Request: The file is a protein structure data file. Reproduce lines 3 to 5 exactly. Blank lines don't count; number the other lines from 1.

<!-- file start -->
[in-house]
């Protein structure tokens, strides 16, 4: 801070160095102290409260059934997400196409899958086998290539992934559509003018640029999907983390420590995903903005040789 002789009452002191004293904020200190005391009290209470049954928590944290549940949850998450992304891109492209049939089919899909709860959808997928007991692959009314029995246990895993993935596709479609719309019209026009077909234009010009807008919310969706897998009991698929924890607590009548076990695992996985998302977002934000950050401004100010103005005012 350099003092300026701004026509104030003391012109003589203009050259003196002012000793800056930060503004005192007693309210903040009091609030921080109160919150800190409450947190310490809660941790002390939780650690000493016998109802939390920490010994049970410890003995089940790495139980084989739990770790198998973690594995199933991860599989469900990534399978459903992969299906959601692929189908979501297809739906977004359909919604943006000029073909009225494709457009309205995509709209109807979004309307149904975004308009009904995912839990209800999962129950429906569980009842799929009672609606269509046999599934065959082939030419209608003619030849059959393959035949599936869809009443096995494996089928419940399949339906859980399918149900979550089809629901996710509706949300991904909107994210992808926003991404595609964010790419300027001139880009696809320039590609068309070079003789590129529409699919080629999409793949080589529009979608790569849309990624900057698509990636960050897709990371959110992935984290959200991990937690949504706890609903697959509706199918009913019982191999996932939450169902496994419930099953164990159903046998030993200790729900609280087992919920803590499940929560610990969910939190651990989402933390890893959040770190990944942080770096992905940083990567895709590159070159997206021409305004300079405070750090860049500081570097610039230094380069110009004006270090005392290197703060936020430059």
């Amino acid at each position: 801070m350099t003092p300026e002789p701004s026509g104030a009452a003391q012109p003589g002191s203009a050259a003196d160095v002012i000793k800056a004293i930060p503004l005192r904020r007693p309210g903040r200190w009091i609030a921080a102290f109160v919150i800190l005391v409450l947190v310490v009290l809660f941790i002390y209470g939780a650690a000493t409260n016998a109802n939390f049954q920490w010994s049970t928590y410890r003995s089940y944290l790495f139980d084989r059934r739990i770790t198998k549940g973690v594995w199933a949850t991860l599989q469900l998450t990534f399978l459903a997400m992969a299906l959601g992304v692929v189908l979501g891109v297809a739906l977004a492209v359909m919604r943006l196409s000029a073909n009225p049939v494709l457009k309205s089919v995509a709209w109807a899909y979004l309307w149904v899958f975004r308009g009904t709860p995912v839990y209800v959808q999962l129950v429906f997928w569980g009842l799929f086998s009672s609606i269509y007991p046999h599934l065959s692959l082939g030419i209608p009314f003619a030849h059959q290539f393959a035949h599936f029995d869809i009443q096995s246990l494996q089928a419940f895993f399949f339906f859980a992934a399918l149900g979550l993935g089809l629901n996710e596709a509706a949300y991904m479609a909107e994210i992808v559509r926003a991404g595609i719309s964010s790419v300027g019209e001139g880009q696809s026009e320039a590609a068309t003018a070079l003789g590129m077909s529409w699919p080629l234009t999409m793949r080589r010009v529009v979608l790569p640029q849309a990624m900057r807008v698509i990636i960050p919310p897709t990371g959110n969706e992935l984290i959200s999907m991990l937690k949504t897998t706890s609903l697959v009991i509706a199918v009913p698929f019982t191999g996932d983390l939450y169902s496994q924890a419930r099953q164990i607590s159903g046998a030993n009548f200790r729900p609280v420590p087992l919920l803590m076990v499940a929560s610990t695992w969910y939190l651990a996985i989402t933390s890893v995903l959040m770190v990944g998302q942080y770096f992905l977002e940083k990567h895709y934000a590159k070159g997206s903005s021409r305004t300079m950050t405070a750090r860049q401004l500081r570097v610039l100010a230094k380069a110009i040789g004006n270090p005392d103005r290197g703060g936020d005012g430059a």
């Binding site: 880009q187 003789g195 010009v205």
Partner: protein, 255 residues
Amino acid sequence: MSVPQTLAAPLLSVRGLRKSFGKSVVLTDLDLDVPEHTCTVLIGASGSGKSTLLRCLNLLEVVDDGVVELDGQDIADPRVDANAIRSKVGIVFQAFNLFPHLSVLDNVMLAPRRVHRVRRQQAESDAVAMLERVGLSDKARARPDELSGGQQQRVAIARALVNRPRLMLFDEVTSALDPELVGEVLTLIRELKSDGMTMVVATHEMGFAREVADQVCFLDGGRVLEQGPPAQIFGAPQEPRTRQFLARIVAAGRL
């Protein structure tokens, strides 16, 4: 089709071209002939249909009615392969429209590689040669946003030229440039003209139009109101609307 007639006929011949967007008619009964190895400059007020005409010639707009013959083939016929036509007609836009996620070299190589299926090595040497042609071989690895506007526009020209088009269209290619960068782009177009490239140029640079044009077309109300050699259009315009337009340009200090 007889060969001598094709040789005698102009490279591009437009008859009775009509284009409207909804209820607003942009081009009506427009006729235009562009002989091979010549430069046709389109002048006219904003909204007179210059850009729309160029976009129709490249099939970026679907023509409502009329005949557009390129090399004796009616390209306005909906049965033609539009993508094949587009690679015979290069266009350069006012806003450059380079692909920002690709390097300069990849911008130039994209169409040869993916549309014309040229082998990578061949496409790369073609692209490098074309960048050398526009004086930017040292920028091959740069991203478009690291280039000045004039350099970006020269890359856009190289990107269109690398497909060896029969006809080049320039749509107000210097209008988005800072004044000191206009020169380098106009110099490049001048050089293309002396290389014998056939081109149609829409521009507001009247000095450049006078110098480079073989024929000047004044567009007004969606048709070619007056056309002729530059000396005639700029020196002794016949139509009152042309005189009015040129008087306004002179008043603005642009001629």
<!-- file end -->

């Amino acid at each position: 801070m350099t003092p300026e002789p701004s026509g104030a009452a003391q012109p003589g002191s203009a050259a003196d160095v002012i000793k800056a004293i930060p503004l005192r904020r007693p309210g903040r200190w009091i609030a921080a102290f109160v919150i800190l005391v409450l947190v310490v009290l809660f941790i002390y209470g939780a650690a000493t409260n016998a109802n939390f049954q920490w010994s049970t928590y410890r003995s089940y944290l790495f139980d084989r059934r739990i770790t198998k549940g973690v594995w199933a949850t991860l599989q469900l998450t990534f399978l459903a997400m992969a299906l959601g992304v692929v189908l979501g891109v297809a739906l977004a492209v359909m919604r943006l196409s000029a073909n009225p049939v494709l457009k309205s089919v995509a709209w109807a899909y979004l309307w149904v899958f975004r308009g009904t709860p995912v839990y209800v959808q999962l129950v429906f997928w569980g009842l799929f086998s009672s609606i269509y007991p046999h599934l065959s692959l082939g030419i209608p009314f003619a030849h059959q290539f393959a035949h599936f029995d869809i009443q096995s246990l494996q089928a419940f895993f399949f339906f859980a992934a399918l149900g979550l993935g089809l629901n996710e596709a509706a949300y991904m479609a909107e994210i992808v559509r926003a991404g595609i719309s964010s790419v300027g019209e001139g880009q696809s026009e320039a590609a068309t003018a070079l003789g590129m077909s529409w699919p080629l234009t999409m793949r080589r010009v529009v979608l790569p640029q849309a990624m900057r807008v698509i990636i960050p919310p897709t990371g959110n969706e992935l984290i959200s999907m991990l937690k949504t897998t706890s609903l697959v009991i509706a199918v009913p698929f019982t191999g996932d983390l939450y169902s496994q924890a419930r099953q164990i607590s159903g046998a030993n009548f200790r729900p609280v420590p087992l919920l803590m076990v499940a929560s610990t695992w969910y939190l651990a996985i989402t933390s890893v995903l959040m770190v990944g998302q942080y770096f992905l977002e940083k990567h895709y934000a590159k070159g997206s903005s021409r305004t300079m950050t405070a750090r860049q401004l500081r570097v610039l100010a230094k380069a110009i040789g004006n270090p005392d103005r290197g703060g936020d005012g430059a």
């Binding site: 880009q187 003789g195 010009v205």
Partner: protein, 255 residues